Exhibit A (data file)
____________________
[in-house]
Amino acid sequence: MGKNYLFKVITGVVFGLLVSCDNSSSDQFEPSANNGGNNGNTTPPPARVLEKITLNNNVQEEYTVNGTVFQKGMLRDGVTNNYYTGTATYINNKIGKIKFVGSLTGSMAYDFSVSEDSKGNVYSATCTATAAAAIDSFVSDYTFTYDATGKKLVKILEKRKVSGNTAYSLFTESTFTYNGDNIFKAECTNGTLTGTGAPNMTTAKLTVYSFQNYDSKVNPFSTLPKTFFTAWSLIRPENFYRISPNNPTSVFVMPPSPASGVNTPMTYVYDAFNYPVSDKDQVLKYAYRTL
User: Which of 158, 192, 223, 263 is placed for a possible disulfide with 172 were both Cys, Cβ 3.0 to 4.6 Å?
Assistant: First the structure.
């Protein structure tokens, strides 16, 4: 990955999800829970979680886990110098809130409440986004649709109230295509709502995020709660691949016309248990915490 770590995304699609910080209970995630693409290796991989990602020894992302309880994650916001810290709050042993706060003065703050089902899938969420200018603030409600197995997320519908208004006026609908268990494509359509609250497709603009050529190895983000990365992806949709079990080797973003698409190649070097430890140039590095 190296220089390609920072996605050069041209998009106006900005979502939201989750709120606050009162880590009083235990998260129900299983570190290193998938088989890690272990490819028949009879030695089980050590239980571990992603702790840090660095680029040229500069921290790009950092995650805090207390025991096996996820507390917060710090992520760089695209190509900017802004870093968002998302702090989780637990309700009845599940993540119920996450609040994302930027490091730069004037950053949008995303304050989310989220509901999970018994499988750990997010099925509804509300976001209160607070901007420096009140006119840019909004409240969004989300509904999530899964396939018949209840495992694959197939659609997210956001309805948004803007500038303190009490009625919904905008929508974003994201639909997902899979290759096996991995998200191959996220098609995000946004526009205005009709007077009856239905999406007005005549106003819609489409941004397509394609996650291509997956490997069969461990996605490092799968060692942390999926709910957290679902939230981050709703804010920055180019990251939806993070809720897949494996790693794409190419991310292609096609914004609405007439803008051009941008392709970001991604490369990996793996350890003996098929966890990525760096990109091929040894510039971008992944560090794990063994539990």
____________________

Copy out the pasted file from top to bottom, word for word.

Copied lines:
[in-house]
Amino acid sequence: MGKNYLFKVITGVVFGLLVSCDNSSSDQFEPSANNGGNNGNTTPPPARVLEKITLNNNVQEEYTVNGTVFQKGMLRDGVTNNYYTGTATYINNKIGKIKFVGSLTGSMAYDFSVSEDSKGNVYSATCTATAAAAIDSFVSDYTFTYDATGKKLVKILEKRKVSGNTAYSLFTESTFTYNGDNIFKAECTNGTLTGTGAPNMTTAKLTVYSFQNYDSKVNPFSTLPKTFFTAWSLIRPENFYRISPNNPTSVFVMPPSPASGVNTPMTYVYDAFNYPVSDKDQVLKYAYRTL
User: Which of 158, 192, 223, 263 is placed for a possible disulfide with 172 were both Cys, Cβ 3.0 to 4.6 Å?
Assistant: First the structure.
């Protein structure tokens, strides 16, 4: 990955999800829970979680886990110098809130409440986004649709109230295509709502995020709660691949016309248990915490 770590995304699609910080209970995630693409290796991989990602020894992302309880994650916001810290709050042993706060003065703050089902899938969420200018603030409600197995997320519908208004006026609908268990494509359509609250497709603009050529190895983000990365992806949709079990080797973003698409190649070097430890140039590095 190296220089390609920072996605050069041209998009106006900005979502939201989750709120606050009162880590009083235990998260129900299983570190290193998938088989890690272990490819028949009879030695089980050590239980571990992603702790840090660095680029040229500069921290790009950092995650805090207390025991096996996820507390917060710090992520760089695209190509900017802004870093968002998302702090989780637990309700009845599940993540119920996450609040994302930027490091730069004037950053949008995303304050989310989220509901999970018994499988750990997010099925509804509300976001209160607070901007420096009140006119840019909004409240969004989300509904999530899964396939018949209840495992694959197939659609997210956001309805948004803007500038303190009490009625919904905008929508974003994201639909997902899979290759096996991995998200191959996220098609995000946004526009205005009709007077009856239905999406007005005549106003819609489409941004397509394609996650291509997956490997069969461990996605490092799968060692942390999926709910957290679902939230981050709703804010920055180019990251939806993070809720897949494996790693794409190419991310292609096609914004609405007439803008051009941008392709970001991604490369990996793996350890003996098929966890990525760096990109091929040894510039971008992944560090794990063994539990």